The air outside was crisper, a refreshing spray of April breeze tickling at his flesh. He pulled his Harrington jacket a little tighter. The street was alive with drag queens and leather daddies and kids voguing in knock-off Yves St. Laurent, punks with spikey pink hair and Camaros with their trunks rattling under the weight of anthemic bass. Henry kept his eyes trained on the misshapen sidewalk, at the crack vials and used condom wrappers crackling under his Doc Martens. He was busy thinking about nothing, letting the wild night’s conversations slip over and through him, so much so that he’d walked a bit past his bus stop and had turned to go back when he saw the boy of velvet standing in front of TRINITY, under an awning, patting his pockets, shaking nervously, his muscles rippling out of his thin green shirt. He looked like a shadow. When the boy found his pack of cigarettes, the boy cursed to himself that he’d lost his lighter. A kind of ghostly sadness crept over Henry when he saw the boy standing there without a light, and this sadness grew as he watched wave after wave of clubgoers pass the boy, and though the boy’d ask, none of them had a light for him. Henry quickly patter himself, but remembered he’d stopped smoking a year ago. – Clones


Get a copy of A R K D U S T by contacting Alex at theyarebirds @ gmail. com or follow Alex’s new queer superhero tumblr, the A\terv3/rz3.

BETA DECAY by Andrew Jackson King

Maybe it’s because I started to read Beta Decay #4 while luxuriating on my roof in the hot Philly sun, but the short fiction pieces inside Andrew’s zine remind me of all the random pulp novels I used to bring with me on the week-long family vacation down the shore. Except stranger and more ominous, and neatly within the treatment one could imagine given to summer Hollywood movie releases, but the kind you leave the theater feeling strangely bereft and wondering if a milkshake at the diner after is really going to bring you back to earth. Beta Decay #4’s assortment of unrelated(?) short stories gives the reader glimpses of the incomprehensible world as it reveals itself to mundane human perception. Shit is creepy yo (but I’m not trying to spoil it here!).


Frances closed her eyes. Her mind pulled out from the building, out from the town, out from the metropolitan agglomeration, out from the continents and sea and hemisphere, out of the earth completely. Against the deep black, she saw the planet as a red, pulsing dot, emitting a see of radio waves, microwaves, gamma rays, a nearly infinite spectrum.


Spread out before Jeremiah was a monolith of coral, splashes of orange and red and yellow. Jeremiah always thought someday he would be able to make out patterns, that after a while, he’d be able to understand the exact way that the organisms grew and deviated from geometrical perfection, but this information had eluded him ever since he was a boy pouring over the dusty picturebooks on his mother’s shelf


Get MOAR BETA DECAY here (for free!).

UP AGAINST THE WALL: A History of Resistance to Policing in Philadelphia by Arturo Castillion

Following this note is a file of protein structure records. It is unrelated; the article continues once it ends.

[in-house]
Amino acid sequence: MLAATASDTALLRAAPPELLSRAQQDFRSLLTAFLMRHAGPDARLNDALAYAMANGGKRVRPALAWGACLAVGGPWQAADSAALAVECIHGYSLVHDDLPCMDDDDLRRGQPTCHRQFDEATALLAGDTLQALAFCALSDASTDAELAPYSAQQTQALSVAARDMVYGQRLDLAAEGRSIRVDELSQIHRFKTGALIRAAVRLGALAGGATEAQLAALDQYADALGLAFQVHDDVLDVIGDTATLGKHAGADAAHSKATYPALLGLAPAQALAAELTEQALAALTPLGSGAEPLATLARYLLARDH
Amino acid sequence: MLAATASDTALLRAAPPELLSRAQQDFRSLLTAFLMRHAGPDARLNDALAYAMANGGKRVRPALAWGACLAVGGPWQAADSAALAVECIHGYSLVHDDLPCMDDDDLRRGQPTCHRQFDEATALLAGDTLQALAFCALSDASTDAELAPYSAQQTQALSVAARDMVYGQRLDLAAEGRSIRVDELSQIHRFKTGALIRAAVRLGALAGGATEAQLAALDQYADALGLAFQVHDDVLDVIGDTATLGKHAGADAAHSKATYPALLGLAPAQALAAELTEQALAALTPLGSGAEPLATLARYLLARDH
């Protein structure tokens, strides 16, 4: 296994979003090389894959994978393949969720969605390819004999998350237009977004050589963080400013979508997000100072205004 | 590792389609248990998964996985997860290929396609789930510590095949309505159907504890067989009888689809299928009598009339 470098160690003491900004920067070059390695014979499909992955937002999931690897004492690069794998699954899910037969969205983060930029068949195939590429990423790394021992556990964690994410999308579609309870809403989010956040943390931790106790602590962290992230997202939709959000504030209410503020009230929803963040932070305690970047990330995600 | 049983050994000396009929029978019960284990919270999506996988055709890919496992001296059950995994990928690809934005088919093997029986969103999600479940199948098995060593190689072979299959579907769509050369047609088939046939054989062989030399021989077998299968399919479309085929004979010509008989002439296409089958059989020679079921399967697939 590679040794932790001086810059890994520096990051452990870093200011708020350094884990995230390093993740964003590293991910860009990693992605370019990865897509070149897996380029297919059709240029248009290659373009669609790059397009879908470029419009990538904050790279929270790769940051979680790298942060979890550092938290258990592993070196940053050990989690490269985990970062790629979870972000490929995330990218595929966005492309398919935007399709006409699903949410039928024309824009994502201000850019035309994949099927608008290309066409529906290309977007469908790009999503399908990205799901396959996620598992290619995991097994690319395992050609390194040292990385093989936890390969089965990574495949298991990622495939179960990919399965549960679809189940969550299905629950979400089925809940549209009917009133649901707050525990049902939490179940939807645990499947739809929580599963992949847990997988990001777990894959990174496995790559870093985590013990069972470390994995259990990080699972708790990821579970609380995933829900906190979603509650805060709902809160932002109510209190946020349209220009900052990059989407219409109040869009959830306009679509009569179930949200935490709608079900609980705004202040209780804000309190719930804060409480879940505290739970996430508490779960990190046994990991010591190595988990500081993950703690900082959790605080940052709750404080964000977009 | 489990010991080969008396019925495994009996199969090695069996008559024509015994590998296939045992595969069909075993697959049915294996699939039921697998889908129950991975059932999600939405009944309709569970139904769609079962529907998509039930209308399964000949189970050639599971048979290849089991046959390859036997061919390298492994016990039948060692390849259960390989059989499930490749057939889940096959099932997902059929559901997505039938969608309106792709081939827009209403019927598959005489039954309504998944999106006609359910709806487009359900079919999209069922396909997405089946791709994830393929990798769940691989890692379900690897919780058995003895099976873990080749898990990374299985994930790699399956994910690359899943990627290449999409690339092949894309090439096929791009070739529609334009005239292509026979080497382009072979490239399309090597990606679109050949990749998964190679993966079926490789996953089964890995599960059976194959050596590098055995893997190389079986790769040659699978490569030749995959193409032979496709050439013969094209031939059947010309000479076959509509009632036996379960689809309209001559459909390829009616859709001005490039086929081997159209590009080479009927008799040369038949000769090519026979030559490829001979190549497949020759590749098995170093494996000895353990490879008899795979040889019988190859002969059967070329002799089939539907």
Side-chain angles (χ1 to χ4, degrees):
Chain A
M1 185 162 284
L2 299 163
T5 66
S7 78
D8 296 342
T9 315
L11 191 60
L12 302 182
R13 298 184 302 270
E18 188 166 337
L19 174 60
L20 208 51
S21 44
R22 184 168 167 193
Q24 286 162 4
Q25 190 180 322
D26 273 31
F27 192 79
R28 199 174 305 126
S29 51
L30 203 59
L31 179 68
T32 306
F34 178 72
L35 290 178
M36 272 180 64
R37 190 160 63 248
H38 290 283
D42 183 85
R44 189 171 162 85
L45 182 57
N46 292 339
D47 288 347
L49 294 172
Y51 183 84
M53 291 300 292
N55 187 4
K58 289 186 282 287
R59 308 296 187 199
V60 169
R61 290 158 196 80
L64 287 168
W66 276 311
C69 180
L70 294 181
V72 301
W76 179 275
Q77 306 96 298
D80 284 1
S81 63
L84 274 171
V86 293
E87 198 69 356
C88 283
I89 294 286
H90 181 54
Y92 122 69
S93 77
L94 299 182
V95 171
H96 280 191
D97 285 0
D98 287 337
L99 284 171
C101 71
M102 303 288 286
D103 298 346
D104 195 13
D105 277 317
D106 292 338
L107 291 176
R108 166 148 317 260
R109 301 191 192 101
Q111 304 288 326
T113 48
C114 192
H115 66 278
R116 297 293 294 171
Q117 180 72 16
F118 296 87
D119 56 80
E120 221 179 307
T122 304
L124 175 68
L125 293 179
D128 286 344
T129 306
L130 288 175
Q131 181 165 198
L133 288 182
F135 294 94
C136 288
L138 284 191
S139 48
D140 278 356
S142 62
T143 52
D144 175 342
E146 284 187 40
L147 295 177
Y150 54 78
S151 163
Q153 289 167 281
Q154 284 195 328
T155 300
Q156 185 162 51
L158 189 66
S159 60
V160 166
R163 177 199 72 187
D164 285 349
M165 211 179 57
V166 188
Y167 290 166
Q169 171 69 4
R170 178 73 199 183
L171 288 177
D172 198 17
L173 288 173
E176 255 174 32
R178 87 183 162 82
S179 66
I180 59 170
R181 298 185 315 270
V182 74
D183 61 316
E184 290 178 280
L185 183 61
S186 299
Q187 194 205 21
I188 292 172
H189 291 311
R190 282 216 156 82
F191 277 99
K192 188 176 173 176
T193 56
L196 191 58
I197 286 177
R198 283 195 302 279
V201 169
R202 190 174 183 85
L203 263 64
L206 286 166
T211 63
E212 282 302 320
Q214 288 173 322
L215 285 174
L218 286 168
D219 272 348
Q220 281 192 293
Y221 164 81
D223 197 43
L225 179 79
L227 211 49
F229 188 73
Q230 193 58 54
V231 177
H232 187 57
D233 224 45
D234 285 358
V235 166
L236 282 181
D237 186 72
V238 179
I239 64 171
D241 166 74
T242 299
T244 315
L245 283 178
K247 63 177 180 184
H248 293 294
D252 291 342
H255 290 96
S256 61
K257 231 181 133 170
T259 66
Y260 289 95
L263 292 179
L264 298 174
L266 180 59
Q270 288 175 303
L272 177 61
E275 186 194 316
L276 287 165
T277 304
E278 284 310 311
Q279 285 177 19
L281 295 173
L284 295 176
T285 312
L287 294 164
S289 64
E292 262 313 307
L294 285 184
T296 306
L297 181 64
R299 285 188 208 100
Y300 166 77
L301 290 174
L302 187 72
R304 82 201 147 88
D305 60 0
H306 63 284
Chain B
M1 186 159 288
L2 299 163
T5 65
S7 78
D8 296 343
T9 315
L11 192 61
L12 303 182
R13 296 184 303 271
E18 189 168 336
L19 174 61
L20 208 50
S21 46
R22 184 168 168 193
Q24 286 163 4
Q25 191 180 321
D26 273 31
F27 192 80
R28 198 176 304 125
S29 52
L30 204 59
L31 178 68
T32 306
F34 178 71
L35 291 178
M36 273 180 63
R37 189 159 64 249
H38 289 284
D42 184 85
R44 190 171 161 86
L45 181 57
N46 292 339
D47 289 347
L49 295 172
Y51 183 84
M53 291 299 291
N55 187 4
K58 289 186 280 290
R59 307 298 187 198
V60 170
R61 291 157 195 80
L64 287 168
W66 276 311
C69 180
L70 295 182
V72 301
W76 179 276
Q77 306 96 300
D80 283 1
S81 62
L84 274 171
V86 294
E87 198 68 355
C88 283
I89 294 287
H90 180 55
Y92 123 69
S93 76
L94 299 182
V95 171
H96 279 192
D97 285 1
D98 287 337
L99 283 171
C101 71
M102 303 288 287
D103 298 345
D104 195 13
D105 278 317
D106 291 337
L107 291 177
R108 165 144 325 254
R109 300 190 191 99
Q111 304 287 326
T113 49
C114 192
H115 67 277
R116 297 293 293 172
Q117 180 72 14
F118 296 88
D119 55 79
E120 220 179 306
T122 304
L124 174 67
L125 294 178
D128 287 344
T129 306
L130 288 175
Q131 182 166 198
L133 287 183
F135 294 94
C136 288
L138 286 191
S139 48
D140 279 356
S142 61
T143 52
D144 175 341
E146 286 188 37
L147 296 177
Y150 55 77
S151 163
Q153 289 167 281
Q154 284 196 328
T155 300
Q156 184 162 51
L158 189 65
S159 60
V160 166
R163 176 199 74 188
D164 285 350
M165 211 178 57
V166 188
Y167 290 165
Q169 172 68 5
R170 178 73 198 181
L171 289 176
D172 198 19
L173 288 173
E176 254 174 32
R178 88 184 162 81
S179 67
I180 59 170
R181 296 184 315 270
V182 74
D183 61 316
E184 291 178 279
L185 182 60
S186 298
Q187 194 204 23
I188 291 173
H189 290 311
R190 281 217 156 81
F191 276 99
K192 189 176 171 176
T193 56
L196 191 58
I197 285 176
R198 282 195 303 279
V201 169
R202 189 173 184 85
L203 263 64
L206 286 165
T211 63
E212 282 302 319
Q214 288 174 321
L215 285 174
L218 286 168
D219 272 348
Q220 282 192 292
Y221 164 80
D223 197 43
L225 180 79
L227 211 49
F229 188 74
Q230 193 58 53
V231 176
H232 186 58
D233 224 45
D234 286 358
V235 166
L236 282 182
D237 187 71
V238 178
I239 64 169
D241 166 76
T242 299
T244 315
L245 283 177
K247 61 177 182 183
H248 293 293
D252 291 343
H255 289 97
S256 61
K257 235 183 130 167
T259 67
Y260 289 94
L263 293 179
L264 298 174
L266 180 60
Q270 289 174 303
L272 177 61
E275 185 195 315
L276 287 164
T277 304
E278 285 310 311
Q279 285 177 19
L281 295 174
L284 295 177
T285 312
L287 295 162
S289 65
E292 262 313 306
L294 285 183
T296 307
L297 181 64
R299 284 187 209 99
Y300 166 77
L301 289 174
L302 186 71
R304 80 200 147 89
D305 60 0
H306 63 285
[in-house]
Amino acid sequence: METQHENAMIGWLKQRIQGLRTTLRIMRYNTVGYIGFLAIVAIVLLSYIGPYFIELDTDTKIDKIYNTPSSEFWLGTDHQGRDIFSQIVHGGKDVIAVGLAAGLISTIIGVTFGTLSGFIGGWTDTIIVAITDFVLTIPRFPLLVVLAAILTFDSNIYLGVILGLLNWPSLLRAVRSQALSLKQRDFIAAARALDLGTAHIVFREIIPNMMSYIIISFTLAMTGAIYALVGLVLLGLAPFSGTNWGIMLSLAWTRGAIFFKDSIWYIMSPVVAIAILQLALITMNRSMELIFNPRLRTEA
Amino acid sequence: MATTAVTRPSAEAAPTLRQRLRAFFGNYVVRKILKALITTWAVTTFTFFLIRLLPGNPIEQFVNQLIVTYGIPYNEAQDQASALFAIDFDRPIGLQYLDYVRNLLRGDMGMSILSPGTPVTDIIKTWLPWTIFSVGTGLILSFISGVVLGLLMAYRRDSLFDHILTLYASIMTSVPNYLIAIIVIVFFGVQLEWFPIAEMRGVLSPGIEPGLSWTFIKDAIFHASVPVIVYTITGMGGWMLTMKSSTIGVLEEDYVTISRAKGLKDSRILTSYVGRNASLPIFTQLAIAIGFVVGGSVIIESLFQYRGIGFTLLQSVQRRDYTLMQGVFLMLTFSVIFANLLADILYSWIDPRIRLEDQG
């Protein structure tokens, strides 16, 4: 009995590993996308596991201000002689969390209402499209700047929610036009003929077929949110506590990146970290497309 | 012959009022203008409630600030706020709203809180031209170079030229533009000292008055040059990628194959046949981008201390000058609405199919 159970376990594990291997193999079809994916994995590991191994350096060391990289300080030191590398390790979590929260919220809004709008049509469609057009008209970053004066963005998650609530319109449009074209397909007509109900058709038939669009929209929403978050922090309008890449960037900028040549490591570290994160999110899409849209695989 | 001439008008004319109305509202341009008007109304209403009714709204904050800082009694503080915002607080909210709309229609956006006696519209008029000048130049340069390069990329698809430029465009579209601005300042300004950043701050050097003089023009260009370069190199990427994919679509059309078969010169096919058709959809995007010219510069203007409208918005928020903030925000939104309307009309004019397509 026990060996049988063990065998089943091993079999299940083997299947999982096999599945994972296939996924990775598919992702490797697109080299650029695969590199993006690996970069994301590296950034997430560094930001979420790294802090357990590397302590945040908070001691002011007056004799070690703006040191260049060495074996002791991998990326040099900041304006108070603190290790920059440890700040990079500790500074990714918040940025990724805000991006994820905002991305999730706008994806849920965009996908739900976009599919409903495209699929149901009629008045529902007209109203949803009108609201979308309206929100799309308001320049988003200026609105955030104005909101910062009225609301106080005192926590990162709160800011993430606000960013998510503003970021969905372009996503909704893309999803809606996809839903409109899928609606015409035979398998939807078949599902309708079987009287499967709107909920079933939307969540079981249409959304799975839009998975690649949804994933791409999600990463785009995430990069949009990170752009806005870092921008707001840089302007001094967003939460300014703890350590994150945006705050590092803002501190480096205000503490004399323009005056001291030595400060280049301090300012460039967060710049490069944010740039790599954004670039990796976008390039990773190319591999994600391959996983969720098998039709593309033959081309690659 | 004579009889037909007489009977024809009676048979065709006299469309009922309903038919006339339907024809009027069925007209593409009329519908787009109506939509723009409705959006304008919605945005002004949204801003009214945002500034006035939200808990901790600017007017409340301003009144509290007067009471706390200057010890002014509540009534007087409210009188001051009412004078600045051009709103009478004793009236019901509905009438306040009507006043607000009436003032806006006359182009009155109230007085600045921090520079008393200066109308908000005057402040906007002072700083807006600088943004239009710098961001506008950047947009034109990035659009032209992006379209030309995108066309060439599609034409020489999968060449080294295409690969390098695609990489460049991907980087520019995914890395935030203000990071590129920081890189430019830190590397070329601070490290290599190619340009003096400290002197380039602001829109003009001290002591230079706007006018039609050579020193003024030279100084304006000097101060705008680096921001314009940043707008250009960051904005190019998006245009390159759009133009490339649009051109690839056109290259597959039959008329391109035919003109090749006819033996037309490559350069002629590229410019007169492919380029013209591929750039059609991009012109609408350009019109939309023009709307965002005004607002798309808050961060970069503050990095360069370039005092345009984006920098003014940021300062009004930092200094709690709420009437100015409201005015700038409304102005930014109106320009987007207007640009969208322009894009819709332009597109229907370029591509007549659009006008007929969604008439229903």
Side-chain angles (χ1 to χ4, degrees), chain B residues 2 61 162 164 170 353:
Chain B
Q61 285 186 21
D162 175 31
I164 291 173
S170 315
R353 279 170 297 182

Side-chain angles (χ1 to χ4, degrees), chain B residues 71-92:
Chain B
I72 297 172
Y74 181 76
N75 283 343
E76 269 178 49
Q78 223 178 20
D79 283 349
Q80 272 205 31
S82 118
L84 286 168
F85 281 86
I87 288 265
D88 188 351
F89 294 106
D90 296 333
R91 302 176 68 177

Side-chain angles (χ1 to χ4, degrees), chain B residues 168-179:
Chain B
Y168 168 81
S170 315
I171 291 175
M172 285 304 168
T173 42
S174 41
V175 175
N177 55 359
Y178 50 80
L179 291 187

I picked up this zine while at a punk/noise/thrash? show at LAVA Space in West Philly, an autonomous organizing space on Lancaster Ave. (Ever since this new show organizer, Zu, rolled up to town there’s been a #brosfallback no racist/colonialist/misogynist/phobic bullshit atmosphere at their shows that’s been a breath of fresh air, especially for someone that stopped going to shows because they were full of violent man babies. Another novel aspect of the shows they organize is the provision for zines & hang-out discussion space, which is embarrassing to find novel because it should be normal if we’re having radical bands play radical spaces. ¬__¬;) Anyway, Arturo was there, and intrigued that someone had made a zine summarizing local black resistance to police, I bought a copy.


This zine is essentially an academic-feeling summary of racism and power relations surrounding the Philadelphia police, its formation, and how the black communities being terrorized by them resisted in the forms of mass uprisings. Appropriately, it feels like reading from a history text book from middle school, and is easy to digest. And similar to most every classroom history textbook, its author provides no personal bio or reasoning for compiling this particular history of resistance. So while it’s very intriguing and useful to read about black Philly resistance to cops, I couldn’t help but feel displaced by the bodiless and unsituated voice of the narrator (despite having shook their hand!).

In Our Enemies in Blue: Police and Power in America Kristian Williams describes how policing has historically functioned to enforce a white dominated racial order. In the city once the nation’s capital, the predecessor of the modern day Philadelphia police was the civilian-run “night watch,” which monitored the populace from the time of the early eighteenth century. The watch, which developed in Boston as well, was the Northern equivalent of the Southern slave patrols. In 1837 the mayor of Philadelphia declared, “Every colored person found in the street after (the posting of) watch should be closely supervised by the officers of the night.” Whether it was the night watch or the slave patrol, the white population as whole was expected to police black people.


The introduction of the first black officers reflected the growing size of the black population. In the Philadelphia Negro W.E.B. Dubois described how in 1884 Mayor Samuel G. King appointed the first sixty black officers to the police department, a move that was opposed by whites. These police were put on duty exclusively in black neighborhoods and only permitted to arrest black people. Dubois also noted that none of the original black policemen would ever receive any promotions. Thus, the incorporation of black police was not a sign of racial progress, but instead a means to control the rising black populous.


Despite the voice behind the curtain vibe, the zine served as a solid reminder that many other histories and conflicts have occurred in this city. It compiles historical facts to demonstrate just how real and tangible white supremacy and racist power dynamics are and how they contributed to the current status quo. What I found most useful and intriguing were the recounts of several street incidents throughout the 50s and 60s where police beatings & other open abuses of power were confronted and stopped by suddenly forming crowds of black Philadelphians. It closes by summarizing the actual tactics and methods used to confront police violence, namely that there is power in quickly gathering groups of people. Useful to read if only to remember, since those in power would love to have us forget. . .

You can probably get your own copy of this and Arturo’s other police resistance zines at LAVA Space shows and Wooden Shoe books, or you can definitely read an updated text-only version of it here.